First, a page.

Boost your child’s performance by learning outdoors

learning outdoors

As technology continues to inundate our daily lives, children are spending more time than ever indoors – and in front of a screen. As the weather gets warmer, why not treat your children to a lesson or study session outdoors? Learning outdoors not only boosts academic performance, but overall well being and development too. Here’s why being outdoors is encouraged:

Nature Deficit Disorder

In 2005, Richard Louv coined the phrase Nature Deficit Disorder (NDD) in his book Last Child in the Woods, stating that as children spend less of their lives in natural surroundings and more time indoors, their physiological and psychological senses narrow. He blamed NDD, a non-medical condition, on more screen time, changes in the risk perception (think ‘stranger danger’), and less time for leisure activities and sport.

According to Louv, the consequences of NDD are dire.

Research indicates spending too little time outdoors can lead to:

  • Diminished use of the senses
  • Attention difficulties
  • Higher rates of emotional and physical ailments
  • Increased rates of obesity
  • Vitamin D deficiency
  • Higher levels of aggression
  • Increased rates of depression
  • Poor academic performance
  • Lower ability to cope with stress
  • Poor attention span
  • A lower sense of overall wellbeing

Benefits Of Learning Outdoors

Many parents think the best way for children to learn is in an organised classroom environment. But encouraging children to take their books outside will prove that they can learn anywhere, not just in indoor learning spaces.

Outside, nature itself facilitates cognitive development. For example, the eyes must adapt to light and shade, as well as near and far objects, and the ears must locate and process sounds from all distances and directions.

In addition, things outdoors never remain the same, even in planned spaces, offering variety that nurtures the senses while opening possibilities for more agile thinking. Of course, learning outdoors also allows children to make observations unfiltered by descriptions in textbooks or on the internet.

Mentally, being in nature increases the natural production of mood-boosting serotonin, meaning that learning outdoors or an outdoor lesson or study session can help lift depression. Being outdoors also leads to better breathing, which raises oxygen levels – a vital element for developing minds. An added bonus is that sunlight provides vitamin D, which boosts the immune system.

But the list of benefits does not end there! Spending time outside, whether learning outdoors, studying, or playing, can:

  • Aid brain development
  • Boost memory
  • Improve communication skills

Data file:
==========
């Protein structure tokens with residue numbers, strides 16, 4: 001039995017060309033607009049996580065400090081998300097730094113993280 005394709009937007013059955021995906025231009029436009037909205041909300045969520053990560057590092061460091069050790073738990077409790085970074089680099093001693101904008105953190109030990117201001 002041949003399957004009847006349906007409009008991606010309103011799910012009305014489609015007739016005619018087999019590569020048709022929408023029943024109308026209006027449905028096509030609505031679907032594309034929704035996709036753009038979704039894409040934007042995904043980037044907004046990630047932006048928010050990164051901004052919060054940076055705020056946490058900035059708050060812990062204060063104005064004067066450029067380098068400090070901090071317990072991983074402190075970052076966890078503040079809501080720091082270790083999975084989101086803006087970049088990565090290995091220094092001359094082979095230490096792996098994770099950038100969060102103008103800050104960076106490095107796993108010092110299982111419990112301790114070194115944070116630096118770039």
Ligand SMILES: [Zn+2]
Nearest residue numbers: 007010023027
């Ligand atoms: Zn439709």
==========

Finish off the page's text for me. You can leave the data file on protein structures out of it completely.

• Encourage problem-solving
  • Enhance independence
  • Promote decision-making
  • Lower stress levels and anxiety
  • Improve focus
  • Enhance creativity and imagination
  • Encourage physical activity
  • Reduce challenging behaviours

Set Up A Sensory Experience

Nurturing the senses is the foundation of cognitive development, and most children learn better by using their senses. An easy way to incorporate a sensory experience, regardless of how much outdoor space you have access to, is to create a sensory path.

A sensory path is basically a planned environment that offers children a series of guided movements to follow. The various movements on the path are designed to engage different parts of the body and brain. As children follow the path and complete these movements, they benefit from the advantages listed earlier, they work off excess energy, and they develop their gross motor skills.

Good sensory paths contain varying physical and tactile elements, as well as some learning concepts like counting or saying the alphabet. These paths often also include yoga poses and other calming aspects. Ultimately, they are designed to be physically, mentally and sensorially engaging and provide great opportunities for physical activity and brain breaks.

Creating A Sensory Path

Designing a sensory path does not have to be complicated. Just make sure to incorporate the elements that address:

  • Sound: The tranquil sound of water or the crunch of gravel works well to create a stimulating environment.
  • Touch: Smooth pebbles, sand, and even soft moss provide excellent tactile experiences.
  • Scent: Certain plants release calming scents as they are walked on.
  • Sight: Painted elements or colourful flowers can be used to create a visually stimulating experience.
  • Taste: Some flowers and herbs are edible and can be incorporated. Be careful though – children must be taught which features in the garden are safe to sample.

In addition to promoting cognitive flexibility, spatial awareness and balance, sensory paths are a great way to help emotional children focus as it provides a fun distraction that triggers different parts of the brain. It can be particularly beneficial for reducing feelings of anxiety – because children are concentrating on their external environment, they focus less on worries or fears.

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Danielle Barfoot

Danielle Barfoot

Danielle Barfoot, mom to a boisterous teen and freelancer who writes about parenting and education. She writes regularly for Impaq Education, a curriculum provider for home education.

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